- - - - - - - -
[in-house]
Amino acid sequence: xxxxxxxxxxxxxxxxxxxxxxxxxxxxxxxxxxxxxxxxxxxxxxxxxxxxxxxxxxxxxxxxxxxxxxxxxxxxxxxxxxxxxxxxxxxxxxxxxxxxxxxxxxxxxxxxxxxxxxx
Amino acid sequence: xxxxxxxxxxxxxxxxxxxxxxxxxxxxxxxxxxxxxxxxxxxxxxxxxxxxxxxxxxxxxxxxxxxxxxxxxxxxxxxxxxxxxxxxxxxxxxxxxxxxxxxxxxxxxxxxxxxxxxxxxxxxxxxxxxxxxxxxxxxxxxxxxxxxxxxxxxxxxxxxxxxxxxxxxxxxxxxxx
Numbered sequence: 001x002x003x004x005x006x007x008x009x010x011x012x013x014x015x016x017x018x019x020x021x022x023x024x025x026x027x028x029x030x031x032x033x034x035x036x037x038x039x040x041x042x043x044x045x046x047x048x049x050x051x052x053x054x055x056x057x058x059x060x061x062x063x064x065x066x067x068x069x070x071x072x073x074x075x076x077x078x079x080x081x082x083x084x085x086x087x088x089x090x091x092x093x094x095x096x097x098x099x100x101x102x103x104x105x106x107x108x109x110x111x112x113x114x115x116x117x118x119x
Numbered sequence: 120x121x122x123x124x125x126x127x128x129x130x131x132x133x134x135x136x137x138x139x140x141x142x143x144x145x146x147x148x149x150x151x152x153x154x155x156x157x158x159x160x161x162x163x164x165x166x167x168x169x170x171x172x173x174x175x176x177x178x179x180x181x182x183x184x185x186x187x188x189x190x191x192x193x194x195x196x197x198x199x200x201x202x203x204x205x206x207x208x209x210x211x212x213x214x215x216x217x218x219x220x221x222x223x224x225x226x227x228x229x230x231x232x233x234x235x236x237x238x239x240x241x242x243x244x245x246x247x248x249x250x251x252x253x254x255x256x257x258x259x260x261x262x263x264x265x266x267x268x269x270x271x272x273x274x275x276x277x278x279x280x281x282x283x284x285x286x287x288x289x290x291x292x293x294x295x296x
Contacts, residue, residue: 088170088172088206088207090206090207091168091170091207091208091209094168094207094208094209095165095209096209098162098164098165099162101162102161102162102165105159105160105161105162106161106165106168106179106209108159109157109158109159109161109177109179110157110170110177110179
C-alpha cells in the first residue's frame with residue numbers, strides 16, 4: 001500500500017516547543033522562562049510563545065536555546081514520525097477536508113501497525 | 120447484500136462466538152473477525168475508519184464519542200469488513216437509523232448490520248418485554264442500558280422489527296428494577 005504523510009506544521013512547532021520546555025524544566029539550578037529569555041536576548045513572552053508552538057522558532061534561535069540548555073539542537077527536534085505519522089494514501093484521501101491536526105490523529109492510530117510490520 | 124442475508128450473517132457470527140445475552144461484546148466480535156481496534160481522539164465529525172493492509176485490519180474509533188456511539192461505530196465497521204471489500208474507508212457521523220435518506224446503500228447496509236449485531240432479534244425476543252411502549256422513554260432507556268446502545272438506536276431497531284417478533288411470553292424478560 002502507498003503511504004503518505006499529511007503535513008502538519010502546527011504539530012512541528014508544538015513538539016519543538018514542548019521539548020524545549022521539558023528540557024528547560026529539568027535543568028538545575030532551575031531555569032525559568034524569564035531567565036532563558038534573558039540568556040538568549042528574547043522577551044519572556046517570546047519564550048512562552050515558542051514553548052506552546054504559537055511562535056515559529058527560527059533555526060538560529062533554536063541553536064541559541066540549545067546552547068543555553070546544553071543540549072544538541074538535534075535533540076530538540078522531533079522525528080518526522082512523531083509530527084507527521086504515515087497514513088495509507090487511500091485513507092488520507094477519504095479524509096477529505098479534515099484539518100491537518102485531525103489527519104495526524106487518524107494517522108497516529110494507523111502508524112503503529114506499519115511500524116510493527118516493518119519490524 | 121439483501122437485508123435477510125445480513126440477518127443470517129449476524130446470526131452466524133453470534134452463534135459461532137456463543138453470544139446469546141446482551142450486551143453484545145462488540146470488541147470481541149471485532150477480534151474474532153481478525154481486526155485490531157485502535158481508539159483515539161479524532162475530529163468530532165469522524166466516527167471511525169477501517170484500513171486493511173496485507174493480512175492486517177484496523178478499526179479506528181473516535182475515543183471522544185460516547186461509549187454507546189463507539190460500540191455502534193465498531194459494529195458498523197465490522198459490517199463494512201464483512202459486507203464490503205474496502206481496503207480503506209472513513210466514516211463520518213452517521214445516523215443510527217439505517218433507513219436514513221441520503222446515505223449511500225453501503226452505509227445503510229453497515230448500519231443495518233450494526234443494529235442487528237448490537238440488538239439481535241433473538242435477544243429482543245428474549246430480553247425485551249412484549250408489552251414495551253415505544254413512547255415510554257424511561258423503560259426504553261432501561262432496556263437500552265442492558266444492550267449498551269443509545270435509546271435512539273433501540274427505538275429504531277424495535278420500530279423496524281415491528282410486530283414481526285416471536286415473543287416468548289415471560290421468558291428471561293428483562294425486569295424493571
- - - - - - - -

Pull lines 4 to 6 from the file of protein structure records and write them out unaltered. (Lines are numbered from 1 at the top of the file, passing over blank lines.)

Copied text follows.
Numbered sequence: 001x002x003x004x005x006x007x008x009x010x011x012x013x014x015x016x017x018x019x020x021x022x023x024x025x026x027x028x029x030x031x032x033x034x035x036x037x038x039x040x041x042x043x044x045x046x047x048x049x050x051x052x053x054x055x056x057x058x059x060x061x062x063x064x065x066x067x068x069x070x071x072x073x074x075x076x077x078x079x080x081x082x083x084x085x086x087x088x089x090x091x092x093x094x095x096x097x098x099x100x101x102x103x104x105x106x107x108x109x110x111x112x113x114x115x116x117x118x119x
Numbered sequence: 120x121x122x123x124x125x126x127x128x129x130x131x132x133x134x135x136x137x138x139x140x141x142x143x144x145x146x147x148x149x150x151x152x153x154x155x156x157x158x159x160x161x162x163x164x165x166x167x168x169x170x171x172x173x174x175x176x177x178x179x180x181x182x183x184x185x186x187x188x189x190x191x192x193x194x195x196x197x198x199x200x201x202x203x204x205x206x207x208x209x210x211x212x213x214x215x216x217x218x219x220x221x222x223x224x225x226x227x228x229x230x231x232x233x234x235x236x237x238x239x240x241x242x243x244x245x246x247x248x249x250x251x252x253x254x255x256x257x258x259x260x261x262x263x264x265x266x267x268x269x270x271x272x273x274x275x276x277x278x279x280x281x282x283x284x285x286x287x288x289x290x291x292x293x294x295x296x
Contacts, residue, residue: 088170088172088206088207090206090207091168091170091207091208091209094168094207094208094209095165095209096209098162098164098165099162101162102161102162102165105159105160105161105162106161106165106168106179106209108159109157109158109159109161109177109179110157110170110177110179